Statins also have a very high NTT, or number needed to treat, before one person sees a benefit. Fifty people at high risk of heart disease would need to be treated five years to reduce just one heart attack, meaning statins have an NTT of 50. (7) An effective drug such as an antibiotic for strep throat has a low NTT of one. And, keep in mind, the NTT of 50 is only for those at high risk of heart attack – and most people taking statins aren’t in that group! The only people shown to have benefited from taking statins are those who’ve had heart attacks and middle-aged men with certain risk factors. That’s a pretty small group out of all the people taking these drugs.

Not only are statins often ineffective and unnecessary, they can also be dangerous. Contrary to what you’ve heard, cholesterol is not the enemy. Cholesterol is vital for our survival and involved in the formation of bile acids, cells, hormones, and vitamin D. (8). Blocking its production is bound to cause problems. Only 32 percent of people take statins exactly as prescribed, with many who don’t citing side effects as the reason. (9)  Side effects from statins include muscle pain and damage, liver damage, neurological issues such as memory loss and confusion, and increased blood sugar leading to the development of Type 2 diabetes. (10) One well-known study called the Jupiter Trial found that those with risk factors for diabetes who were taking statins had a 28 percent increase in the development of the disease, and for every 134 vascular events or deaths avoided by taking statins, 54 new cases of diabetes were diagnosed. (11)

Do you really want to trade lower cholesterol for diabetes, memory problems or muscle weakness especially knowing that lowering your cholesterol might not make much difference to your heart attack risk? There are more effective means of reducing heart attack risk than taking statins, including lowering inflammation and raising levels of HDL, or “good,” cholesterol. I guarantee you doing these things will not make you forgetful, weak or develop Type 2 diabetes!


Many of us have NSAIDs, or non-steroidal, anti-inflammatory drugs, such as Motrin (ibuprofen) and Aleve (naproxen) stocked in our cupboard. It’s well-known that these drugs can cause stomach pain and nausea because they affect the production of enzymes that protect the stomach lining. But, NSAIDs have also been linked to more serious problems such as heart failure, heart attacks and strokes, so much so that the FDA strengthened warning labels for these drugs in 2015. The FDA also noted that the widely available over-the-counter drugs ibuprofen and naproxen have similar risks to increasing heart attack and stroke as prescription NSAIDs, and that the risk can occur within a few weeks of starting the drug. (12)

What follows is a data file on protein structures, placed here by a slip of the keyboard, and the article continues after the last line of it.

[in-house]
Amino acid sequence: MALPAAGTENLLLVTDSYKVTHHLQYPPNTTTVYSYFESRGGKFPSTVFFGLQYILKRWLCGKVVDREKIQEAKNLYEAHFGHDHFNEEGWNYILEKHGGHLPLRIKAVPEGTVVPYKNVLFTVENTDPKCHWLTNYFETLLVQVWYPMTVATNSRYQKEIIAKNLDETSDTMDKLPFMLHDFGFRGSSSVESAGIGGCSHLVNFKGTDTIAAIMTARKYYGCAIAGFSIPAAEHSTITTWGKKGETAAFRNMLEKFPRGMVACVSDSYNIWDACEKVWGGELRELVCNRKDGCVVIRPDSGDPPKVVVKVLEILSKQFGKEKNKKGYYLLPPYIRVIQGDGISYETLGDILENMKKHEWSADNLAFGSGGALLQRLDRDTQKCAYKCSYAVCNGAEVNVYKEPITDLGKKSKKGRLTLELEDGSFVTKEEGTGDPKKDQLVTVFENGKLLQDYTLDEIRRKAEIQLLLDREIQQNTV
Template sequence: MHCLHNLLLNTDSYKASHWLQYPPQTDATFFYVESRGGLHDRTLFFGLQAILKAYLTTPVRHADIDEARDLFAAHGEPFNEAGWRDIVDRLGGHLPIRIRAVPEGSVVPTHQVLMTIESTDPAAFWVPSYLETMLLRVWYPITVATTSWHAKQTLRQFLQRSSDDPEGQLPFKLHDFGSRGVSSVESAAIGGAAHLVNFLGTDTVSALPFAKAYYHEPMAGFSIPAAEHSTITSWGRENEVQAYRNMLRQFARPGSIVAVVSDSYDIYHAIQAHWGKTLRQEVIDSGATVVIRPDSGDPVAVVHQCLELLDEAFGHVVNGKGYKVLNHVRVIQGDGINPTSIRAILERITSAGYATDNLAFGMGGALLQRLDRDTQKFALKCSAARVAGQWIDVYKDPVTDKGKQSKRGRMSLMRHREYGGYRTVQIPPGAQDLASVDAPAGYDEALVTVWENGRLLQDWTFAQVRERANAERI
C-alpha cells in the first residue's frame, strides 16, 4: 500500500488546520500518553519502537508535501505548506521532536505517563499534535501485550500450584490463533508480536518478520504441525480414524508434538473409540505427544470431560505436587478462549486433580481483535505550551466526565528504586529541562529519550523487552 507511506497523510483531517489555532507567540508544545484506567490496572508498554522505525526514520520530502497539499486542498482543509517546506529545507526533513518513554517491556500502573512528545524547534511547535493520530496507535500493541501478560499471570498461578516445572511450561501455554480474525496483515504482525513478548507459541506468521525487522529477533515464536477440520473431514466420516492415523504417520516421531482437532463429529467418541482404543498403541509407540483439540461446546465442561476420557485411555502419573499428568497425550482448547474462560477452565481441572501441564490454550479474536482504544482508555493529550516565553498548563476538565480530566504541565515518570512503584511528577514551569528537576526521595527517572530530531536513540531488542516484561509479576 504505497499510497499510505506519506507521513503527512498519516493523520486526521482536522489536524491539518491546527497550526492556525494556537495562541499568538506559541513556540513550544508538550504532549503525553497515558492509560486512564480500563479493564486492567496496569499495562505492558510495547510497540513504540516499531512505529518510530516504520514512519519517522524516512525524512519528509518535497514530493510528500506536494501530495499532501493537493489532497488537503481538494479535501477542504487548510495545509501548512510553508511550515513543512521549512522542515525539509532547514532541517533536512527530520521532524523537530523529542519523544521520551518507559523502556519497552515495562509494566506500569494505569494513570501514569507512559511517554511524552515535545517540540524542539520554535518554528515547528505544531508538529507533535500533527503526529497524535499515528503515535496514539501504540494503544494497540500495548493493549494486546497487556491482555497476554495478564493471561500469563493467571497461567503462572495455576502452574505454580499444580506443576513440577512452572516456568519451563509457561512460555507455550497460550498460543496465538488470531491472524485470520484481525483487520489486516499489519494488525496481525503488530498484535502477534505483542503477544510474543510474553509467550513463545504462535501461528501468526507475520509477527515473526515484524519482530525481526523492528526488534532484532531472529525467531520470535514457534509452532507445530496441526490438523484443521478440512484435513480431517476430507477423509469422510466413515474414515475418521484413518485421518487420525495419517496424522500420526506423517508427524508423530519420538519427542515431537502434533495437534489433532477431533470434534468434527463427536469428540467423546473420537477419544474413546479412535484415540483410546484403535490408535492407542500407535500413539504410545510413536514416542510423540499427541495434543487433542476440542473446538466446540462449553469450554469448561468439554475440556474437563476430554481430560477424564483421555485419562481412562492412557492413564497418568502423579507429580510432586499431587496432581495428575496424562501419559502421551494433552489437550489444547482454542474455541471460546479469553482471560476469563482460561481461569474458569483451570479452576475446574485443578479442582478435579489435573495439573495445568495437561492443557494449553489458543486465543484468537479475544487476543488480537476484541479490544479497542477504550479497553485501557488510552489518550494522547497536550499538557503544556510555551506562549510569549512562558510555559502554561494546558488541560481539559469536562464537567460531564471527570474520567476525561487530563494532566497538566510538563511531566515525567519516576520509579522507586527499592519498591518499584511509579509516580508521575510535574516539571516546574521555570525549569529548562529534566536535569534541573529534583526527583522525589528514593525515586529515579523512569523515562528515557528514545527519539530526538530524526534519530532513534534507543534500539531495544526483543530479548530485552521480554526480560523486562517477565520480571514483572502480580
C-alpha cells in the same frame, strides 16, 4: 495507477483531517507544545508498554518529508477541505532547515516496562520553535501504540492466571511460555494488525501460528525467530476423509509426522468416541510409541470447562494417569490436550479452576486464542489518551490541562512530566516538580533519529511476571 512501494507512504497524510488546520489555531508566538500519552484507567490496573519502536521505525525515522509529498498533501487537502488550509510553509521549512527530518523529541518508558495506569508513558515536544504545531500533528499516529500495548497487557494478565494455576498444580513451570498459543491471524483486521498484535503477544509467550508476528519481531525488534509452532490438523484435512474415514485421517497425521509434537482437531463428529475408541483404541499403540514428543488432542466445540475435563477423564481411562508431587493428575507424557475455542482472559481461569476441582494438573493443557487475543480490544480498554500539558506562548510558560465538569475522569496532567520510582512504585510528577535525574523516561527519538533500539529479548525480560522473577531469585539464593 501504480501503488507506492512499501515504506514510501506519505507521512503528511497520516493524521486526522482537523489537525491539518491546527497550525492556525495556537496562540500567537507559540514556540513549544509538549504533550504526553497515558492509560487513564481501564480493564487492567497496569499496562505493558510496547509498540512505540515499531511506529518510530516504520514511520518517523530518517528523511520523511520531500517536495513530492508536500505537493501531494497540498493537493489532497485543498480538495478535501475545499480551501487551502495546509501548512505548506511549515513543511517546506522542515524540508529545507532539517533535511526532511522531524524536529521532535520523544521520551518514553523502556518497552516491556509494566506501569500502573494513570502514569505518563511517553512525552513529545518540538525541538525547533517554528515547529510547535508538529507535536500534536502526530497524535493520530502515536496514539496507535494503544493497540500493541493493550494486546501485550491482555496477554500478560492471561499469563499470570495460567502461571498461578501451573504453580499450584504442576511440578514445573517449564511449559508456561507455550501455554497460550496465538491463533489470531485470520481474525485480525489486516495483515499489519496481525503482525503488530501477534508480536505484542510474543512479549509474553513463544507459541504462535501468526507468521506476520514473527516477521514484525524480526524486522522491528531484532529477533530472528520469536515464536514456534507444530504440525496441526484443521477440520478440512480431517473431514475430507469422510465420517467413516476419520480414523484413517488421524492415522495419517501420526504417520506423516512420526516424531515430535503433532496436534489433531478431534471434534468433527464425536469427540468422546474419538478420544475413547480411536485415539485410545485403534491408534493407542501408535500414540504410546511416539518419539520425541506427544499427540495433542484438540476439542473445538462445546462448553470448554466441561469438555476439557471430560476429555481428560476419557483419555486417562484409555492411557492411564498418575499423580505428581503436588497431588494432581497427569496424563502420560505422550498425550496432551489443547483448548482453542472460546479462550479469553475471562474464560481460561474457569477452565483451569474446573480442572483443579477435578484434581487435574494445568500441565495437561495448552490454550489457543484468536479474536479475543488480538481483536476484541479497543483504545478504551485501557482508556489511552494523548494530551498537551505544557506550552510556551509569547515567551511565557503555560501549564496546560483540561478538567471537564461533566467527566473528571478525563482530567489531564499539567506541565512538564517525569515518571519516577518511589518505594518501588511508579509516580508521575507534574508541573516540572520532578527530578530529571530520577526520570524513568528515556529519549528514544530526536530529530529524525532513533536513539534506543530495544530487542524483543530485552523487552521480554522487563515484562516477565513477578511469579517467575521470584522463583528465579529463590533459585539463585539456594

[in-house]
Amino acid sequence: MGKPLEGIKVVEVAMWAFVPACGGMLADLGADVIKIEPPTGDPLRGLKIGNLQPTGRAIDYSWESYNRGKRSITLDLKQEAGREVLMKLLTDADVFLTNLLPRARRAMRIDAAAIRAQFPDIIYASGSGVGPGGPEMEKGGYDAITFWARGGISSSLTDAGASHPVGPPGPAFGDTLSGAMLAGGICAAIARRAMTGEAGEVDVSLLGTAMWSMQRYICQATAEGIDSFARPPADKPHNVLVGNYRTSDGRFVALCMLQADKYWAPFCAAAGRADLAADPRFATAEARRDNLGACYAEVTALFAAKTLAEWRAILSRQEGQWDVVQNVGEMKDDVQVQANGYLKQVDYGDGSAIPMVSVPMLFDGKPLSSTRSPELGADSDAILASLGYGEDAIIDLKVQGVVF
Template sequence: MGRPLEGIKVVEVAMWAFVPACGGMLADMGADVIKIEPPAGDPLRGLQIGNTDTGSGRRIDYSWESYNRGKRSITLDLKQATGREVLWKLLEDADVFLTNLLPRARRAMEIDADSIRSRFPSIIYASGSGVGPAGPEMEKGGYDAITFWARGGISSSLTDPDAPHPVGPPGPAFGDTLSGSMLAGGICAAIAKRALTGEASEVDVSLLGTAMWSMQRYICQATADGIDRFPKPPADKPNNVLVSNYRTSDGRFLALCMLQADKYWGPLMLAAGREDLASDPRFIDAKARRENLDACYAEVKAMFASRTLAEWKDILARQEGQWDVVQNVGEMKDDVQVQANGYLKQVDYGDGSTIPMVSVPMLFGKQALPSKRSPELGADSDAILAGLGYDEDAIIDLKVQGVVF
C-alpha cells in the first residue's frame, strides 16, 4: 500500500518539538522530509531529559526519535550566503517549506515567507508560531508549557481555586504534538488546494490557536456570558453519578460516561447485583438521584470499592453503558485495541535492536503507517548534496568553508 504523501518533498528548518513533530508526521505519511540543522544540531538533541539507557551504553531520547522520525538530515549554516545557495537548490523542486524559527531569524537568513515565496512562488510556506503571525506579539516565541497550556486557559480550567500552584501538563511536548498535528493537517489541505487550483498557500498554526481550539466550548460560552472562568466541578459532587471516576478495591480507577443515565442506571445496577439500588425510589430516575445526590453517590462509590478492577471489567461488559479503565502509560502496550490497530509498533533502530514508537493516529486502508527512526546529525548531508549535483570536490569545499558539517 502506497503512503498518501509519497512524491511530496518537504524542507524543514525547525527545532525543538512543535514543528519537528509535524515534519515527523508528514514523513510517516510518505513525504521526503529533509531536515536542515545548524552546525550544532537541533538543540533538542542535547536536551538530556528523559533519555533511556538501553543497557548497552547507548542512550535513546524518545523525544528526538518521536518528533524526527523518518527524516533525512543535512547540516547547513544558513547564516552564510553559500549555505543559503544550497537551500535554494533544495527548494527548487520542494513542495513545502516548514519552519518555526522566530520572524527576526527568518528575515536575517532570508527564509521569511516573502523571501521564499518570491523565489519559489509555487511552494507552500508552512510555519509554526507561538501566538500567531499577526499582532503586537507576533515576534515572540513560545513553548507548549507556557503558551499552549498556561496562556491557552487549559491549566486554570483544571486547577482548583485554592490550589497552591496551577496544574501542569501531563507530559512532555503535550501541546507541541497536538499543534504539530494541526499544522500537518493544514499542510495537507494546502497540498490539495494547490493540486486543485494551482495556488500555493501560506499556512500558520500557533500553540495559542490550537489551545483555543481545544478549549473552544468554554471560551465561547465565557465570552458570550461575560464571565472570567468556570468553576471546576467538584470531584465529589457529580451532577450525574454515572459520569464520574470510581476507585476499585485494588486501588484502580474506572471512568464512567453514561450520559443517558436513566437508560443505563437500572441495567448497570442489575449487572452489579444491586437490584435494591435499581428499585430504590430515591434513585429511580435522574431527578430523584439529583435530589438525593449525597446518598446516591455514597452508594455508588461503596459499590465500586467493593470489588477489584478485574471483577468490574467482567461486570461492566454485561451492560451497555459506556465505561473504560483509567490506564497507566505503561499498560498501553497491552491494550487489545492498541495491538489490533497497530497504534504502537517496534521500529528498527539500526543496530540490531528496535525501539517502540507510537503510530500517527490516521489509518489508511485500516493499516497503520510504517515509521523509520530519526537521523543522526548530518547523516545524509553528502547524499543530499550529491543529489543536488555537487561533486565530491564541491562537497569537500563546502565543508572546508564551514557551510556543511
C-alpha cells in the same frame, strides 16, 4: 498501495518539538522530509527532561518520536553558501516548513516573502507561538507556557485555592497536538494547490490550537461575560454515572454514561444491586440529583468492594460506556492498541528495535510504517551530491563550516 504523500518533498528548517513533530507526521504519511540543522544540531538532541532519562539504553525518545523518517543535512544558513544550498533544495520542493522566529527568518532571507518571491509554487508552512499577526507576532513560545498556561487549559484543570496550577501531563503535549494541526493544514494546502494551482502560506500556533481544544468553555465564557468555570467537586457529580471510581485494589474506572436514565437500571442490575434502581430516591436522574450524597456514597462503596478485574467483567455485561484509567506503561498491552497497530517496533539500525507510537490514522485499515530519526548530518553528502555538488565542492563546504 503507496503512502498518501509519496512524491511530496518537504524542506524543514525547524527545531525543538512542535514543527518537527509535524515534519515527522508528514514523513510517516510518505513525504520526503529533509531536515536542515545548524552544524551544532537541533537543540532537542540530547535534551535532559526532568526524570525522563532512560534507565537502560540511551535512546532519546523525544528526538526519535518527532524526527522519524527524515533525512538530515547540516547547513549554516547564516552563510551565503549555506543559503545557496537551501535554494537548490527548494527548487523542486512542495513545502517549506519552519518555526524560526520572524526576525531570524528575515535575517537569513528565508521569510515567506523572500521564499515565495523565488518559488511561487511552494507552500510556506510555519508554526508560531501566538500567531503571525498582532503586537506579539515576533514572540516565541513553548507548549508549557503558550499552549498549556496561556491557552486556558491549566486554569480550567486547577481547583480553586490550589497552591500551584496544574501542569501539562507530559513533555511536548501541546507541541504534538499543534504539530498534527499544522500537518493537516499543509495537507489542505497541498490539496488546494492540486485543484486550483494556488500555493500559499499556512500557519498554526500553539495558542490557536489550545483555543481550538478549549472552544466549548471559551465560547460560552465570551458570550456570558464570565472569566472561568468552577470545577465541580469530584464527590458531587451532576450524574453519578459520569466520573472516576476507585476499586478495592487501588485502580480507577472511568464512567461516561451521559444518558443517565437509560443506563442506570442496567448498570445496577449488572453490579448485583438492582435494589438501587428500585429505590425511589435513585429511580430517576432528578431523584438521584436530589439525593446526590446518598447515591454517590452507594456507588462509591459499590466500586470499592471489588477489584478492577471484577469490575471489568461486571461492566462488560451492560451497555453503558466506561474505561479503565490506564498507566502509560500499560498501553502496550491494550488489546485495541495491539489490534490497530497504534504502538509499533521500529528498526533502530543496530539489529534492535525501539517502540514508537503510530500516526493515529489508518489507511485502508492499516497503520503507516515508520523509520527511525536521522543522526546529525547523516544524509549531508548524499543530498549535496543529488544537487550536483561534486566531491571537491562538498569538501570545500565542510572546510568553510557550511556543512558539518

Another recent study found NSAIDs such as ibuprofen, naproxen and Toradol may raise a person’s relative risk of heart failure by nearly 20 percent, with the risk increasing with the amount of NSAIDs taken. (13) While the study found that Celebrex did not increase heart failure risk at commonly used doses, it should be noted that Celebrex is the only COX-2 inhibitor (a type of NSAID) still on the market in the U.S. and has been the subject of many lawsuits. (14) Another COX-2 inhibitor, Vioxx, caused as many as 140,000 heart attacks in the U.S. in the five years it was available and was pulled from the market in 2004. (15)

The American Journal of Managed Care reported that each year more than 100,000 patients are hospitalized for NSAID-related GI complications alone. Moreover, it has been reported that 16,500 persons die annually from these complications. (15a)

Here again, we see the trade-off that’s the hallmark of iatrogenic diseases. Take a pill for pain, increase your risk of heart attack or stroke. Not much of a deal, is it?

Acid blockers.

It’s hard to turn on the TV without seeing ads for Prilosec, Prevacid and other antacids known as proton pump inhibitors, or PPIs. Eat too much or eat the wrong foods, pop one of these, and you’re good to go, right? Wrong. The problem is PPIs are not supposed to be taken more than two weeks at a time – it’s right on the drugs’ warning labels. Stomach acid is not the enemy – it breaks down our food into absorbable nutrients and protects us against “bad guys” such as microbes and bad bacteria. What happens if you reduce your body’s production of stomach acid? Long-term effects include increased risk of bone fractures and intestinal infections; low levels of magnesium in the blood that can lead to seizures, arrhythmias and muscle spasms; and reduction in the absorption of other important nutrients such as calcium, iron and B12. (16)

If you’re dealing with more than very occasional heartburn, there are root causes that can